near the mouth of the Limestone. His wife was Mary Goodman,
by whom he had six children : Susan, wife of John G. Gray; Mary,
married Albert Watkins; Ann, married Stephen F. Samson;
James ; William ; Reuben, who became a physician.

William Lindsay married and moved to East Tennessee about
1825. He was the pioneer iron manufacturer of Campbell County,


and built the first bloomerv for John Baker. He built others


afterwards, on Big Creek, Cave Creek, and Davis Creek, the daily
capacity ranging from six hundred to nine hundred pounds of
iron. He was a man of forceful and energetic character, and was
greatly respected in the community in which he lived. His son
Cornelius S. Lindsay married Valentine Bowling, daughter of
Larkin Bowling, and became a successful farmer in Campbell
County, Tennessee. They had five children, one of whom is Hugh
Barton, Judge Lindsay.

The name Bowling signifies, the "sons of the round hill," and
is of Saxon origin. "Kobert Bowling, esquire, in the reign of
Edward the fourth, possessed the elegant house of Bowling Hall
near Bradford, in Yorkshire, England, w r here the family lived and
flourished for many generations." One line of the family settled
in Scotland, where the original way of spelling the name is re-
tained, while in England the form Boiling is often used. Kobert
Bowling (or Boiling) came to America early in the seventeenth
century settling in Virginia, in which State many of his descend-
ants still live.

For more than thirty years a lawyer of Knoxville, Tennessee,
Judge Lindsay has been one of the strongest representatives of
the law in that city, and his professional career has been dis-
tinctly honorable. The years of his boyhood were spent on his
father's farm in Campbell County where he attended the common
schools. He studied law while still continuing his education in
other branches, and was thus eligible to admission to the Bar in
1880, the same year in which he graduated from the Franklin
Academy at Jackboro. He began his professional life in Knox-
ville, and, owing to ambition and industry, soon became known
as a rising young lawyer of ability. His advancement was rapid
and he has occupied various offices of responsibility and distinc-
tion. He is head of the firm of Lindsay, Young and Donaldson,
formerly Lindsay, Y r oung and Smith, one of the best-known law
firms of Knoxville.

Judge Lindsay has served as Attorney-General in the six-
teenth Judicial Circuit, was United States District Attorney for
the eastern district of Tennessee and Chancellor of the Second
Chancery Division of Tennessee. He is an active member of the
Republican party, and in 1886 was elected to the Legislature of

He is a director of the First National Bank of Kuoxville,
and holds membership in The Cumberland, The Cherokee County
and the Elkniount Clubs.

On February 7, 1883, Judge Lindsay was married at Hunts-
ville, Tennessee, to Miss Sarah Elizabeth Foster. She was born
in Stanford, Kentucky, and is the daughter of Henry and Martha
(White) Foster. Judge and Mrs. Lindsay have eight children:


Maud, who married D. C. Webb; Lillian, who married Robert S.
Young; Hugh Barton, Jr.; Robert M. ; William M. ; Charles E.;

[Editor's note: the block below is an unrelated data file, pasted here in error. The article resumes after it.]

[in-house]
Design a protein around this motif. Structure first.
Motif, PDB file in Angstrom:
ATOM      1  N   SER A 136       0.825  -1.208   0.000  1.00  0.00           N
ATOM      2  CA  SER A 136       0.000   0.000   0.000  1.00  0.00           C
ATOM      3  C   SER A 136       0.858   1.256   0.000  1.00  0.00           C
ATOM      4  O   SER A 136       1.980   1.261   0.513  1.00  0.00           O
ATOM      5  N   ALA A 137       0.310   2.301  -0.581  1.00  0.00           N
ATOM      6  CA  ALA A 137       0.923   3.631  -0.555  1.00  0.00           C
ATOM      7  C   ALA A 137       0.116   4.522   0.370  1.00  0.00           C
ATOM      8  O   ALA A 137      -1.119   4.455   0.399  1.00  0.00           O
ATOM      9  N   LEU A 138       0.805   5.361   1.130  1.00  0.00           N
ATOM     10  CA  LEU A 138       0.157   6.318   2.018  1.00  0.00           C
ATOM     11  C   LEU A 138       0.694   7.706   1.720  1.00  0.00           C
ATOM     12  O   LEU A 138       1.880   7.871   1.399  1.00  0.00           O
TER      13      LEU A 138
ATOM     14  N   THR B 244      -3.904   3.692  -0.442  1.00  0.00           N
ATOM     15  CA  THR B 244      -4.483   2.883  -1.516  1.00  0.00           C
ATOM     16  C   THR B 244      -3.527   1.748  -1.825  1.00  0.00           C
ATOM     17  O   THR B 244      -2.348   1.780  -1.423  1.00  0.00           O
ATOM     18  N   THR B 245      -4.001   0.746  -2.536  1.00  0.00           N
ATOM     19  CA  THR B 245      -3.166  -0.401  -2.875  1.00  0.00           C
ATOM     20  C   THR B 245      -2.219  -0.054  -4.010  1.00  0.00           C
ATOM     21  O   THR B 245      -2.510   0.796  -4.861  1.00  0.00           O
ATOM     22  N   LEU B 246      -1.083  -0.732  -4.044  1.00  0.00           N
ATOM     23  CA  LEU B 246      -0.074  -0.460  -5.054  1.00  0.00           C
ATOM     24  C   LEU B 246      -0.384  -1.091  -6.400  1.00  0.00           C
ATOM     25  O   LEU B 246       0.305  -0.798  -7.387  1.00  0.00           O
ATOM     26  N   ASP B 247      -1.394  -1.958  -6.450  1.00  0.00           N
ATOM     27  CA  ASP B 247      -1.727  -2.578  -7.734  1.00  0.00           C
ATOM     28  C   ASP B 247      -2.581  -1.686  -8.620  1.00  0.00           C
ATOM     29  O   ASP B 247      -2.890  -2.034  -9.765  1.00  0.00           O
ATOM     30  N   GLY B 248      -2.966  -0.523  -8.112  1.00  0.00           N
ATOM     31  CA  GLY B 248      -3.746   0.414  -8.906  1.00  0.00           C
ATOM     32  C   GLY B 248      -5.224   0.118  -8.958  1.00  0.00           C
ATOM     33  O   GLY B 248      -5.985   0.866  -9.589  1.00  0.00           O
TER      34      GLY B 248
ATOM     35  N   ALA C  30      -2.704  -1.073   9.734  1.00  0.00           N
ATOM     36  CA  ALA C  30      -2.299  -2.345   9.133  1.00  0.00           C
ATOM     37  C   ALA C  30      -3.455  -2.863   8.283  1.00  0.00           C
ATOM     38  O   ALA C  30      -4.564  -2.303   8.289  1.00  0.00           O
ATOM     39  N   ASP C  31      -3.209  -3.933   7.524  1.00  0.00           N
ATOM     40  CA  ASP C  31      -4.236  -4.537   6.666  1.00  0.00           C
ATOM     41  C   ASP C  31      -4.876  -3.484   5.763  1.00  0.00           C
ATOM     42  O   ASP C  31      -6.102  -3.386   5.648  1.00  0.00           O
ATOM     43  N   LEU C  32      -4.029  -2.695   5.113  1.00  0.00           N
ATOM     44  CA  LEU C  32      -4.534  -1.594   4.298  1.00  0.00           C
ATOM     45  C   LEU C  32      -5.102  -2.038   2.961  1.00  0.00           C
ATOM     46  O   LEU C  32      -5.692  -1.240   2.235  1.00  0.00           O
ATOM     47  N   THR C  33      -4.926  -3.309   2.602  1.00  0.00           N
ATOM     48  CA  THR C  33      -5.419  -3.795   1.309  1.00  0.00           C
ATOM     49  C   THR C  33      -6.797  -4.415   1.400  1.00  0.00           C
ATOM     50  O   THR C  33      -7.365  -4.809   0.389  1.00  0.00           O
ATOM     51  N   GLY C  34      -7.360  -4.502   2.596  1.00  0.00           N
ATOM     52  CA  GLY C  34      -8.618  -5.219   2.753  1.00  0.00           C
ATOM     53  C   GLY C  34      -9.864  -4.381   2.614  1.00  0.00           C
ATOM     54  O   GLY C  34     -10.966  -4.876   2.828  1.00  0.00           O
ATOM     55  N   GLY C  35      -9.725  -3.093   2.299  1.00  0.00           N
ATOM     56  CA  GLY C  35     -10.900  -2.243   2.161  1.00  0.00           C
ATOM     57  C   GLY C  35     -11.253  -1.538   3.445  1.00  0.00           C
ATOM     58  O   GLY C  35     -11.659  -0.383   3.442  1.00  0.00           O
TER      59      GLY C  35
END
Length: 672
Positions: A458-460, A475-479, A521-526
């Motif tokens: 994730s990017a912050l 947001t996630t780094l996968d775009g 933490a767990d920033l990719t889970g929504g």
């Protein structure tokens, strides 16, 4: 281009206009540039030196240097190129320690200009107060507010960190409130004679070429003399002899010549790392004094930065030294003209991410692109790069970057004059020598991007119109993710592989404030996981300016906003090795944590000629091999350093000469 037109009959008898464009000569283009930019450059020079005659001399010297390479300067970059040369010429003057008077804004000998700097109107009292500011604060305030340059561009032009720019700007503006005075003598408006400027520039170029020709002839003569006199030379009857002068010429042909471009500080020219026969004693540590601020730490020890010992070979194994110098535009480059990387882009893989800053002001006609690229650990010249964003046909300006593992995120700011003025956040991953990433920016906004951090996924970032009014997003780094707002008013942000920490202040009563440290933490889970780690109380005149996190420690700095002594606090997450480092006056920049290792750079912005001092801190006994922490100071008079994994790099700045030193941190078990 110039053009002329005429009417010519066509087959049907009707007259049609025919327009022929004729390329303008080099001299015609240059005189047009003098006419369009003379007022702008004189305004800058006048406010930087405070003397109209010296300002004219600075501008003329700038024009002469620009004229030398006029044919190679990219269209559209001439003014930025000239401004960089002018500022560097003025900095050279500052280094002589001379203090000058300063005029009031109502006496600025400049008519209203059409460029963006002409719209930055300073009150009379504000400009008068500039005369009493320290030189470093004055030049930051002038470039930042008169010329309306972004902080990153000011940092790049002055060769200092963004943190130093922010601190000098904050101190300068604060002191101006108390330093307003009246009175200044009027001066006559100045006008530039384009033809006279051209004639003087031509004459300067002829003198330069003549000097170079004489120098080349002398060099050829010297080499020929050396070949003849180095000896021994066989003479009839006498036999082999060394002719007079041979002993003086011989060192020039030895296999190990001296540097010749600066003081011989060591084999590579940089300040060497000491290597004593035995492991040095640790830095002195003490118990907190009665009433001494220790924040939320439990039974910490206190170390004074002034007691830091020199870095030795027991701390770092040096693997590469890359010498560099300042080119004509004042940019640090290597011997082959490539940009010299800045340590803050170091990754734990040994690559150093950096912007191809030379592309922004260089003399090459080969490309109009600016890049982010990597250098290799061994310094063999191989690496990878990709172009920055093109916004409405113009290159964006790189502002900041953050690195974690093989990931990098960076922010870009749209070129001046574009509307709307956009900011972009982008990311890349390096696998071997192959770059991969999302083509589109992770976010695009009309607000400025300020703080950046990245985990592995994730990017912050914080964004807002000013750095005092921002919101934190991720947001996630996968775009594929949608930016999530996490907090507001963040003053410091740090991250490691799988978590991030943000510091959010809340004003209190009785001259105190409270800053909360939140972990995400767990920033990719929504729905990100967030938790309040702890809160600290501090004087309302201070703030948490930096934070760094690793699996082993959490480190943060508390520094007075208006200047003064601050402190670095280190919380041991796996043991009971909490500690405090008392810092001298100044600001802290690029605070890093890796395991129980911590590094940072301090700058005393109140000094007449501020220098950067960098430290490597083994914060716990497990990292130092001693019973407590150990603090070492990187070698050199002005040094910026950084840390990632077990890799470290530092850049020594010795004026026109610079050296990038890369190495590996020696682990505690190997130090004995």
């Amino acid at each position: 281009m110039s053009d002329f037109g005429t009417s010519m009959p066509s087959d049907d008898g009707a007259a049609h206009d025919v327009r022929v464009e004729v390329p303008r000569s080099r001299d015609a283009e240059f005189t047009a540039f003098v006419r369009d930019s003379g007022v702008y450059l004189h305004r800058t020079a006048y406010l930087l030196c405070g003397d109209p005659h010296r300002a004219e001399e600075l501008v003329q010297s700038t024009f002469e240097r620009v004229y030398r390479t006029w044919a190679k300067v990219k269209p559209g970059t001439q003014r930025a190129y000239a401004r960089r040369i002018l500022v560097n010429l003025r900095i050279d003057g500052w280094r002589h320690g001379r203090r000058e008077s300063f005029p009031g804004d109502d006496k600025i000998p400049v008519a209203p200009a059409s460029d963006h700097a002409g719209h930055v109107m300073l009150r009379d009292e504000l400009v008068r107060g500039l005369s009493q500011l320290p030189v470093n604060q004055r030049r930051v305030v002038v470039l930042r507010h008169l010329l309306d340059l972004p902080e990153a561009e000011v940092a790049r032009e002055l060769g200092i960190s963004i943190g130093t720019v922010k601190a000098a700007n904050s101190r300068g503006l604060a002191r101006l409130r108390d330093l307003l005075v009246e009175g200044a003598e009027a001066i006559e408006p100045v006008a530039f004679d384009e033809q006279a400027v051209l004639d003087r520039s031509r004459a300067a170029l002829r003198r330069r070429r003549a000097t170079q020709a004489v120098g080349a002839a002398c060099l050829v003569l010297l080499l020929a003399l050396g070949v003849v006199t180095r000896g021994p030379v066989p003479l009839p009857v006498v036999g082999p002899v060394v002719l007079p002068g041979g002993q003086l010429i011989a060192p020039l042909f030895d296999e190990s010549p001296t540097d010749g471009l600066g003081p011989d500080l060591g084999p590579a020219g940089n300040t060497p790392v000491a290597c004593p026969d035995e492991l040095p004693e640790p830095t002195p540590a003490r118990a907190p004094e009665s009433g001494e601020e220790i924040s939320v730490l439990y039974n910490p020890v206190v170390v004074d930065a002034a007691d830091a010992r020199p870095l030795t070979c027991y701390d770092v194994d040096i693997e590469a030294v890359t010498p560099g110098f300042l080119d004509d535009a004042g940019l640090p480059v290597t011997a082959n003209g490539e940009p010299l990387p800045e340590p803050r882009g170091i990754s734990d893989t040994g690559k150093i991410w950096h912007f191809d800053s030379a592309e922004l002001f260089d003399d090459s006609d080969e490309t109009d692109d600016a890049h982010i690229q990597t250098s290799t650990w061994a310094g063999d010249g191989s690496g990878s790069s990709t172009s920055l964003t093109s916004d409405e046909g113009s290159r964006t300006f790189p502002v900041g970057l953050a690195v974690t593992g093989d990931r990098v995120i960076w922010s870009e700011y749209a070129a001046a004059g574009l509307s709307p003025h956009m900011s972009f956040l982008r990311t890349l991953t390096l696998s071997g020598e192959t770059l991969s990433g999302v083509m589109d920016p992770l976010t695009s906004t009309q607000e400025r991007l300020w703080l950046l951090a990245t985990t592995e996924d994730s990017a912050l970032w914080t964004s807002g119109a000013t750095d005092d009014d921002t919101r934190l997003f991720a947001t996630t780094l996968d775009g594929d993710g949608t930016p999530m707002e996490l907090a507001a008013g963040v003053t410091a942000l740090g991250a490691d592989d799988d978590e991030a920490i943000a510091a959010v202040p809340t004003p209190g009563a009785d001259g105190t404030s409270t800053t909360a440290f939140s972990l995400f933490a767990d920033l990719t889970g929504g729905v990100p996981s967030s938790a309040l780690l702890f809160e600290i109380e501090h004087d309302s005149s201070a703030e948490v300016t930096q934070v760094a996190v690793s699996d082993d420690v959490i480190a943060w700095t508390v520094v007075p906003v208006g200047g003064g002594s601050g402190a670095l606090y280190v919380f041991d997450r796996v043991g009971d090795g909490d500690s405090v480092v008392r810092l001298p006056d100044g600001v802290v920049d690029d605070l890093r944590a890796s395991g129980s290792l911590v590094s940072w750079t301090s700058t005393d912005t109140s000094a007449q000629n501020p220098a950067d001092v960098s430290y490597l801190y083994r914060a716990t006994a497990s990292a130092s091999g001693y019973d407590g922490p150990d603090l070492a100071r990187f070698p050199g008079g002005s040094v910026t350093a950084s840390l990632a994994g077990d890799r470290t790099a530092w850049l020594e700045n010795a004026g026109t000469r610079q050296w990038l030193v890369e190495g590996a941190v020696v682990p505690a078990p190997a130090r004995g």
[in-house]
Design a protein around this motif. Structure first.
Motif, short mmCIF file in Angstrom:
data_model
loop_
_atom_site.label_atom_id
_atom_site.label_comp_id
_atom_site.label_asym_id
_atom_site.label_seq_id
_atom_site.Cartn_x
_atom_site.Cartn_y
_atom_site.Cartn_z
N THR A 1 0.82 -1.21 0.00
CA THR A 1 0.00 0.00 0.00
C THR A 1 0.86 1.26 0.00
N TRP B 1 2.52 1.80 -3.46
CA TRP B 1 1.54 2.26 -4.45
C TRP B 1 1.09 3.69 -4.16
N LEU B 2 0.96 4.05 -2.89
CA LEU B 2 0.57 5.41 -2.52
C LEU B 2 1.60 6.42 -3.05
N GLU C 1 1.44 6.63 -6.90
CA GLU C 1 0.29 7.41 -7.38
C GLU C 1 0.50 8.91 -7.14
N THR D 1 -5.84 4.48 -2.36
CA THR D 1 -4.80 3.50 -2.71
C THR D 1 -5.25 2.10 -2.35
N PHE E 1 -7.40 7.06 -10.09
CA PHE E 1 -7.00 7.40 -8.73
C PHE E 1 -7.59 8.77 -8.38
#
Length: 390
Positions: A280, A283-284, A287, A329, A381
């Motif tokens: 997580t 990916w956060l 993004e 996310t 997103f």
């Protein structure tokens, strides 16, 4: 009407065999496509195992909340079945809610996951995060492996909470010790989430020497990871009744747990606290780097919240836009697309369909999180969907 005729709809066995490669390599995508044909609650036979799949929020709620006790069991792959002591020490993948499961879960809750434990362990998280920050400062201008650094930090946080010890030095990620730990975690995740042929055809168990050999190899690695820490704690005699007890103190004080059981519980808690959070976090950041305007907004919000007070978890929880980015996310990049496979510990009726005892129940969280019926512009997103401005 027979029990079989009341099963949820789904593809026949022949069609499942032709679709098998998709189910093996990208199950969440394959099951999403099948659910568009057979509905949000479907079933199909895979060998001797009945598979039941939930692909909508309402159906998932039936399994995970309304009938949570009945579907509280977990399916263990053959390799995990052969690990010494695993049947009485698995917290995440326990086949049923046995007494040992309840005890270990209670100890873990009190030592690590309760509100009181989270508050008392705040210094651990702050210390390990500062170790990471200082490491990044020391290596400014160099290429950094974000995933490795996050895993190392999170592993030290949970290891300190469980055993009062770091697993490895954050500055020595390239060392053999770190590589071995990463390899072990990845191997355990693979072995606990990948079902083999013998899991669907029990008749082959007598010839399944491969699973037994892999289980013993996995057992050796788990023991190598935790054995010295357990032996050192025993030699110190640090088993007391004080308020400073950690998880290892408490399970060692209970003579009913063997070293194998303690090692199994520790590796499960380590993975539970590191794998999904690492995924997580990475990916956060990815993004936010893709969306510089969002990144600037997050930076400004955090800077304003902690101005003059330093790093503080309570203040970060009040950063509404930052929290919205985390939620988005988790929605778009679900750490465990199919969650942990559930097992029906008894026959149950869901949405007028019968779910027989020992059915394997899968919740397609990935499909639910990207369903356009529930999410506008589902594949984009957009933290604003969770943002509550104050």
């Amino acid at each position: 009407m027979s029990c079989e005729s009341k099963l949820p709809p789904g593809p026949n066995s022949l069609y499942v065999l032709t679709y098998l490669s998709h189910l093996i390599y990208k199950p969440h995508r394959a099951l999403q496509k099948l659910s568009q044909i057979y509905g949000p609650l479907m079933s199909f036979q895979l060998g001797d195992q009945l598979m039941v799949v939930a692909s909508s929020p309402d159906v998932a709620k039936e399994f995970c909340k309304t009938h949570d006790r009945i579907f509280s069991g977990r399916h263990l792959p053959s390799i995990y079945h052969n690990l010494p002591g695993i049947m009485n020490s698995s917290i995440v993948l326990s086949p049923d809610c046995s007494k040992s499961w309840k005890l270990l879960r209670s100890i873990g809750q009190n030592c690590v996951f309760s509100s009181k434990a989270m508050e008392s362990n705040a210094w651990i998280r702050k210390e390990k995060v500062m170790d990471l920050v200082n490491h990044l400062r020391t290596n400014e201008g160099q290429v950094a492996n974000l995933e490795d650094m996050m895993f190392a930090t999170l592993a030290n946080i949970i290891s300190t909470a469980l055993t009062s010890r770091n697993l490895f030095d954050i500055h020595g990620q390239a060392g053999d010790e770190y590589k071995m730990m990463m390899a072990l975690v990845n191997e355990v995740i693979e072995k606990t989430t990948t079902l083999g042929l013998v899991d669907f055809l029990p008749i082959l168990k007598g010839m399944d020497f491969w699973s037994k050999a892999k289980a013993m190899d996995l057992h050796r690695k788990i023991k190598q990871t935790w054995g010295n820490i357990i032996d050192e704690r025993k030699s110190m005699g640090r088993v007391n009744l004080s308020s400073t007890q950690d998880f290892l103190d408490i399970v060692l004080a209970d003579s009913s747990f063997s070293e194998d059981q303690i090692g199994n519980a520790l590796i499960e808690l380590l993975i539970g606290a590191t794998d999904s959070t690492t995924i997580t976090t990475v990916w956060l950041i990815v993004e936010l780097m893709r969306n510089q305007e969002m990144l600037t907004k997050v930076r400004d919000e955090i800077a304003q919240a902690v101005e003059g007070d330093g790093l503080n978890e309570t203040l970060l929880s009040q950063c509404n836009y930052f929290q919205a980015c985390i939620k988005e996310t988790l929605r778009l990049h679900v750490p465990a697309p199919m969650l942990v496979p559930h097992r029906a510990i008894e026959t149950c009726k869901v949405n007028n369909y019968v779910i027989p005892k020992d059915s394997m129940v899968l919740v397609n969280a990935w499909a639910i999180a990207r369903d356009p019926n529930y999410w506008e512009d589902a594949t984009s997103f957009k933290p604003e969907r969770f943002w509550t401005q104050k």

Kathern and John Oliver.

Always proficient in whatever walk they have chosen, the
Lindsays have also been proverbial for hospitality. The name
stands well in the annals of the Revolutionary War, members of
the family having been excellent soldiers. Colonel Reuben Lind-
say, among others, was thanked personally by General Washing-
ton for his zealous service to his country.

Judge Lindsav is a member of the Christian Church. He

o i*

believes that the encouragement of education, industry and
economy would tend greatly to promote the general good of the
country, and that the nation should reach a point where intelli-
gence and education would be a necessary qualification for suf-


A MGNG the lists of tenants in the Domesday Book are found
L& the names of Koger and Rogerus, and from the word
JL jL "Hodge," a nickname for Roger, are derived the sur-
names, Hodges, Hodgson, Hodgkyn, Hodgkyns, Hoskyns,
and Hoskins.

During the latter part of the fifteenth and the early part of
the sixteenth centuries, the Hoskins family lived in Monmouth-
shire, Wales, which became an English County in the time of
Henry VIII. The record, written in Latin, as was usual at that
time, mentions "Thomas Hoskins de Monmouth in Wallia," who
married "Jana, filia Catchmead de com. Glouc.," and left issue.

Sir Thomas Hoskins, of this Monmouth family, who was
knighted at Windsor in 1605, owned the estate of Barrow Green,
Surrey, which continued in the family for many generations.
Another old manor of Surrey connected with the Hoskins family,
was that of Carshalton Park, purchased by Sir Edmund Hoskins,
sergeant-at-law, who was buried in Carshalton Church. In the
fifteenth year of Charles I (1648-49), Sir Edmund represented
the parish of Bledingly, Surrey, in Parliament. The church at
Oxted has many monumental inscriptions in memory of various
members of Hoskins families who have resided in that vicinity.

The Manor of Oxted, for generations the home of many Hos-
kins, is a very old one, being mentioned in Domesday Book
under the name of Acstede.

Hereford Castle, in Herefordshire, which was built soon after
the Norman Conquest, was still standing in the reign of Henry I ;
but in 1520 "the whole castell tended towards ruine." Charles I
granted the ruinous property to Gilbert North, who sold it to
Edward Pye, from whom it passed into the hands of Colonel
Burch, who sold it to Bennett Hoskins, who has been referred to,
by one authority, as "Sir John Bennett of Hoskins in Hereford-
shire." His name is also written as "Sir Bennett Hoskyns," and
he was first baronet of Harwood, in the County of Hereford,
having been created baronet by Charles II, 1676. He represented
County Hereford in Parliament, as did his successors for several

Online LibraryAlbert B OsborneMakers of America; biographies of leading men of thought and action, the men who constitute the bone and sinew of American prosperity and life (Volume 3) → online text (page 27 of 48)